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Student Education

Pub medic - Warning: Christmas can seriously damage your health

BMJ 2006; 332 doi: (Published 01 January 2006) Cite this as: BMJ 2006;332:06016
  1. Stephanie Gapper, second year medical student1
  1. 1University of Nottingham

Every year we're inundated with information about the inherent dangers of the festive season—and apparently with good reason. A study in the United States showed a mortality spike on Christmas and New Year's Day due to cardiac and respiratory conditions.1 Oddly, European figures don't show this, and a similar study in the United Kingdom (based in the north east) showed that we have a higher than average mortality on New Year's Day but not on Christmas Day.2 Bizarre as this discrepancy is, over the holiday period, binge drinking goes up, leading to more drink fuelled crimes and road traffic injuries and sparking fresh debates about heart disease, stroke, and liver disease.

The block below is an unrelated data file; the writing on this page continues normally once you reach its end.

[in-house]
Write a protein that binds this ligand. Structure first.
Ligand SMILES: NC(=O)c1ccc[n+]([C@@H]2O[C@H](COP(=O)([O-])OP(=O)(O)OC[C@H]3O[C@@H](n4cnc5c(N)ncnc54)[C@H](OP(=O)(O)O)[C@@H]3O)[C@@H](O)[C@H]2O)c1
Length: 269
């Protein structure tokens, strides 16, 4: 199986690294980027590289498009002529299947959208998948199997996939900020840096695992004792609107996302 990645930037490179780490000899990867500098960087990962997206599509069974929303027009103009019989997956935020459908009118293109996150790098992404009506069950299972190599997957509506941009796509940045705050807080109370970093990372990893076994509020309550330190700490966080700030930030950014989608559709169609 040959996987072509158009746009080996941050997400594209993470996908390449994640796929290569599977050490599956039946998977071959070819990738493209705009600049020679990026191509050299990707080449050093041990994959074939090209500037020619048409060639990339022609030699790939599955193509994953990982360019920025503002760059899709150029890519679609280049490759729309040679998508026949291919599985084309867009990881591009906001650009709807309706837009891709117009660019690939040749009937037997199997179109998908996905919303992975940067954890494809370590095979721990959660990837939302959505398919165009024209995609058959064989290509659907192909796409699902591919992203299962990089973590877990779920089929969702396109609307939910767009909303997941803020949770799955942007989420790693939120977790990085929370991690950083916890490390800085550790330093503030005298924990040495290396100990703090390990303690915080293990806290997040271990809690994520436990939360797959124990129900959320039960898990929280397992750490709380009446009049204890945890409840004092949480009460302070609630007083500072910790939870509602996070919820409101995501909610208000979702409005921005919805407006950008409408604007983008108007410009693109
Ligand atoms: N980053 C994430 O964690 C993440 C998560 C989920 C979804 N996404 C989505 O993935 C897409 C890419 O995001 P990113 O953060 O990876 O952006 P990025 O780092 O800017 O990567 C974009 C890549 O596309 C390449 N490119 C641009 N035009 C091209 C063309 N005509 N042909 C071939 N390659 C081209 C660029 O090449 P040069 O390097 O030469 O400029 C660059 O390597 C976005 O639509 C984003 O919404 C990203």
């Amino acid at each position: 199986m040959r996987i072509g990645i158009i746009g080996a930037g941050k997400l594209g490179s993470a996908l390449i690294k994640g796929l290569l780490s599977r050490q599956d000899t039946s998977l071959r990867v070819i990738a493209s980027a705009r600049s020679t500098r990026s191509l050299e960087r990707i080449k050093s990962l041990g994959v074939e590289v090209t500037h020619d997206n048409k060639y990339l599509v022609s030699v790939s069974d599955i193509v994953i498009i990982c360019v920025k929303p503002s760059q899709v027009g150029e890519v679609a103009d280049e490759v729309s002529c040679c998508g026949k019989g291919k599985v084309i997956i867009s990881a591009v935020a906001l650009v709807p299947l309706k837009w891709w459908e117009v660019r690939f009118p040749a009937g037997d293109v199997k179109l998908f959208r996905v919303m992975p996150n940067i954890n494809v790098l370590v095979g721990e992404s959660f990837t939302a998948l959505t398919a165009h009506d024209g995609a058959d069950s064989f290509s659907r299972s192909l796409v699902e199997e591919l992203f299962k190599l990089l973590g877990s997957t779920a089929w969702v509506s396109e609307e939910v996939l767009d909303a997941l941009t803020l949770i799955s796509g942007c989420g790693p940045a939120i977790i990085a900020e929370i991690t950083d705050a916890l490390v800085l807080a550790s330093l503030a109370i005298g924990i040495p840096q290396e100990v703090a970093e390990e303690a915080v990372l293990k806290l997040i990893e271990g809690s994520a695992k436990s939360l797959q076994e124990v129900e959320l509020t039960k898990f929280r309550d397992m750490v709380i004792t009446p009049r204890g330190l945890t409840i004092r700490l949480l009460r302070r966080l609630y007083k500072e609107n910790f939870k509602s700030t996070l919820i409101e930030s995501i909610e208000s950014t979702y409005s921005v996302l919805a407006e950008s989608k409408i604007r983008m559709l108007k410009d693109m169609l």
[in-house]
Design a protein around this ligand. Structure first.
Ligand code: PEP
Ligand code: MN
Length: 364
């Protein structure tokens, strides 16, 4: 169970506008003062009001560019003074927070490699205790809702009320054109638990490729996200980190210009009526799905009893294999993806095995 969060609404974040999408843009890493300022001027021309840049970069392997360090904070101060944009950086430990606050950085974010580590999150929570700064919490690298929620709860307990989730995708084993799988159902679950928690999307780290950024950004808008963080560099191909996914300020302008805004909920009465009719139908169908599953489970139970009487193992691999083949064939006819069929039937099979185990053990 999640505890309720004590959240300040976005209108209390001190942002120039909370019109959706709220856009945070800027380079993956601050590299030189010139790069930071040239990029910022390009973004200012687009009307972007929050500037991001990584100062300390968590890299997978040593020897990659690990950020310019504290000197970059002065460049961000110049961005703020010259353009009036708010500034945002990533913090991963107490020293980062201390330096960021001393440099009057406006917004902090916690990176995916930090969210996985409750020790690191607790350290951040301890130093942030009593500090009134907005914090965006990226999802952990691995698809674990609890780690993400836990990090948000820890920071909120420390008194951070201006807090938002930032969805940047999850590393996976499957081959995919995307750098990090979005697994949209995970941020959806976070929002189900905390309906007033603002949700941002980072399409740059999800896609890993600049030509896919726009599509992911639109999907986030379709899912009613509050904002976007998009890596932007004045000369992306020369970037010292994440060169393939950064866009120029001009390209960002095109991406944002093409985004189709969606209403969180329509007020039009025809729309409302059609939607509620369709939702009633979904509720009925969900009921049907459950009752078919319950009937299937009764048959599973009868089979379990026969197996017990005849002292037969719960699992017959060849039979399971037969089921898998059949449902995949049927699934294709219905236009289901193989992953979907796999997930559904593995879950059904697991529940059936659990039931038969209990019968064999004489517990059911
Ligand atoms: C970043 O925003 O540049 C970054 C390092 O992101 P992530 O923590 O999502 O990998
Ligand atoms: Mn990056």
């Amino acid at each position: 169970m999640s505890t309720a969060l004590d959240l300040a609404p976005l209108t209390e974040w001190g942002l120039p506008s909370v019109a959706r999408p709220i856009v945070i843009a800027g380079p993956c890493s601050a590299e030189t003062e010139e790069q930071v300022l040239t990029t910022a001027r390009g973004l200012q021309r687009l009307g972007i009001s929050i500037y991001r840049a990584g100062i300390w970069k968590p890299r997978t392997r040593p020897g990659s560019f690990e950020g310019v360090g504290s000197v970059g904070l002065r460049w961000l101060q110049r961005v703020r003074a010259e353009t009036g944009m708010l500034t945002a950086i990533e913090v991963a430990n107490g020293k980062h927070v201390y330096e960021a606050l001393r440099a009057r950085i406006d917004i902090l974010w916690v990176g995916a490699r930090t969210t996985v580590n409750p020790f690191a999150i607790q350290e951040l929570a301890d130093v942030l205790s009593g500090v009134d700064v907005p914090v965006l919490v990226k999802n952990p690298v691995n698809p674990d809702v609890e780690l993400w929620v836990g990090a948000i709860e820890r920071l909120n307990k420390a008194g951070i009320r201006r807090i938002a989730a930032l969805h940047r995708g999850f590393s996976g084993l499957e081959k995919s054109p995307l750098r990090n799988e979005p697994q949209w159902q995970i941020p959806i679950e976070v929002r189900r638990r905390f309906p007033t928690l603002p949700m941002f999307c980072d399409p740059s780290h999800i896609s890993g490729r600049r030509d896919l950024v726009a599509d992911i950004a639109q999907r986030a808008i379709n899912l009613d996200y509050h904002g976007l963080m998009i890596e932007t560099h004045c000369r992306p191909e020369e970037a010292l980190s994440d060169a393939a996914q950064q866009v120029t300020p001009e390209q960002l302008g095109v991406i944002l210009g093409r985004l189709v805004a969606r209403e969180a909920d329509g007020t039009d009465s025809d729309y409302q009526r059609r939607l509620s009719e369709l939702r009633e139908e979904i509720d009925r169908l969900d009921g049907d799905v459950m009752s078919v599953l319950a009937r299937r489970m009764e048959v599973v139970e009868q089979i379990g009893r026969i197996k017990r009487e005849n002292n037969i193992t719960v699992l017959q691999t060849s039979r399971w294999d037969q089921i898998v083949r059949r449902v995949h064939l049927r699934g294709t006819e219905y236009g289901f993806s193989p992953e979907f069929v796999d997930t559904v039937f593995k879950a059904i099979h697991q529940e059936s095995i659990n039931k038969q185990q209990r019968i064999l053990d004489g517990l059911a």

We also eat too many mince pies and Yorkshire puddings, piling on the pounds; then we spend January frantically trying to lose them, wreaking havoc with our metabolism and perpetuating the general trend towards obesity. The endless round of present buying, social engagements and visits from the in-laws, not to mention “spouse saturation syndrome,”3 resulting from prolonged overexposure to your nearest and dearest, all lead to increased stress, fatigue, and depression. And that's just if you're healthy.

Is there still a reason to celebrate?

A wide variety of chronic illnesses require careful management around the holiday season. Here are a few snippets with which to while away the hours (and presumably the pints) in the pub on Christmas Eve.

Diabetes: a delicate balancing act

Around Christmas or any other party season, this gets a lot more difficult, partly because there's so much more food around to be tempted with, and, …

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